• The Basics of Qualified Immunity: The Four U’s

    Jonathan Blanks | July 6, 2018

    Qualified immunity is a legal doctrine invented out of whole cloth by the U.S. Supreme Court that protects government agents, including particularly law enforcement officers, who violate someone’s constitutional rights from federal civil liability. This website is dedicated to explaining how and why the qualified immunity doctrine needs to be eliminated.

    There are many technical aspects to the doctrine, which are discussed in more detail elsewhere on this site, but the general public needs to know these four basic facts.

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  • What Happened to PoliceMisconduct.net?

    Jonathan Blanks | July 1, 2018

    The National Police Misconduct Reporting Project (NPMRP) and PoliceMisconduct.net (PM.net) were the products of a non-governmental, non-partisan project by the Cato Institute. NPMRP attempted to determine the extent of police misconduct in the United States, identify trends affecting police misconduct, and report on issues about police misconduct in order to enhance public awareness on issues regarding police misconduct across the country.  NPMRP used media reports detailing both alleged and confirmed cases of police misconduct. All information gathered was manually validated to determine the credibility of the report,

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  • Openings in the Front in the Campaign Against Qualified Immunity

    Jay Schweikert | June 12, 2018

    I’ve blogged several times now about Cato’s ongoing campaign to challenge the doctrine of qualified immunity. This judge-made doctrine — invented out of whole cloth, at odds with the text of Section 1983, and unsupported by the common-law history against which that statute was passed — shields public officials from liability for unlawful misconduct, unless the plaintiff can show that the misconduct violated “clearly established law.” This standard is incredibly difficult for civil rights plaintiffs to overcome,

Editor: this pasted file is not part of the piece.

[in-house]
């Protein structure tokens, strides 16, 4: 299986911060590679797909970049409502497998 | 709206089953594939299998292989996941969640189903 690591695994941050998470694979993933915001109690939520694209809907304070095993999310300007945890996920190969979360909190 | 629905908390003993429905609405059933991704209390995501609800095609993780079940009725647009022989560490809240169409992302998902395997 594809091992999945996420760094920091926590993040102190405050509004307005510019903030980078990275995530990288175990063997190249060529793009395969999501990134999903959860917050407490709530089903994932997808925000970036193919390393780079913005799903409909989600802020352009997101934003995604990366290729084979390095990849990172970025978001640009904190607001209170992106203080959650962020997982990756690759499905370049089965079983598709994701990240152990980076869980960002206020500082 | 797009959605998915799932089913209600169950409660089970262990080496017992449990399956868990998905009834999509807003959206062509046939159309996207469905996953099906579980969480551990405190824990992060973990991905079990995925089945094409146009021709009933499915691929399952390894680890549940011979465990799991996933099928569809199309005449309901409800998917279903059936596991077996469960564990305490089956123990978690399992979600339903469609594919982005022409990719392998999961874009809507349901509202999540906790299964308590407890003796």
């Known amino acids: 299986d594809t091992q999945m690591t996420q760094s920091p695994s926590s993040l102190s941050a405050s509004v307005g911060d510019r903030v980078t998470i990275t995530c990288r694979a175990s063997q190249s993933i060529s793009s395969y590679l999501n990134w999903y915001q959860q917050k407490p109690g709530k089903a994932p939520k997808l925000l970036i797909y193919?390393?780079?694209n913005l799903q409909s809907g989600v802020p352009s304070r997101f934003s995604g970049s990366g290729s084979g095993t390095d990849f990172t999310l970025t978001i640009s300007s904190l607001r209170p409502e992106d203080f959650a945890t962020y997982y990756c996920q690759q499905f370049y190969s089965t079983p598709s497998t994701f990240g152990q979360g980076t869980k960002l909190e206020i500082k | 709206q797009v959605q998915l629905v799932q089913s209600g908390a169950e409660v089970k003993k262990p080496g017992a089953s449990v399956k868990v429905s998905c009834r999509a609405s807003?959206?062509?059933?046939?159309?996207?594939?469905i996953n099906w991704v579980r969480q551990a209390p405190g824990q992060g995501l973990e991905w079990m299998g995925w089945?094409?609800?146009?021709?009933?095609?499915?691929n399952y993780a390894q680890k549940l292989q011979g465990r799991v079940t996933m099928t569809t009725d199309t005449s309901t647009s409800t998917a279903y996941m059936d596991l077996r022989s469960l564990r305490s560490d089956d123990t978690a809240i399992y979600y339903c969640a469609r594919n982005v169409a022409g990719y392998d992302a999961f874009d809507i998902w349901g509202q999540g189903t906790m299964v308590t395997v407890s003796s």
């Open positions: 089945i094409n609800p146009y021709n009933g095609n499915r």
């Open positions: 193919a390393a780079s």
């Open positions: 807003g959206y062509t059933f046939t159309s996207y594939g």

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  • Challenging Qualified Immunity for Prison Officials Who Kept a Man in Solitary for No Reason

    Jay Schweikert | May 29, 2018

    Our primary federal civil rights statute, colloquially called “Section 1983,” says that any state actor who violates someone’s constitutional rights may be sued in federal court. This remedy is crucial not just to secure relief for individuals whose rights are violated, but also to ensure accountability for government agents. Yet the Supreme Court has crippled the functioning of this statute through the judge-made doctrine of “qualified immunity.” This doctrine — at odds with both the text of the statute and the common law principles against which it was passed — immunizes public officials who commit illegal misconduct,

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  • “There Is Nothing Right or Just under the Law about This”

    Jonathan Blanks | April 2, 2018

    Qualified immunity is a doctrine that can shield police officers and other public officials from civil suits when they violate individual rights in the course of their official duties. According to the doctrine, courts are supposed to first determine whether an individual’s right was violated and then proceed to determine whether the violation was “clearly established” in the jurisdiction—that is, whether the circumstances had happened before. This can lead to perverse outcomes in which a court can find an officer violated someone’s rights,

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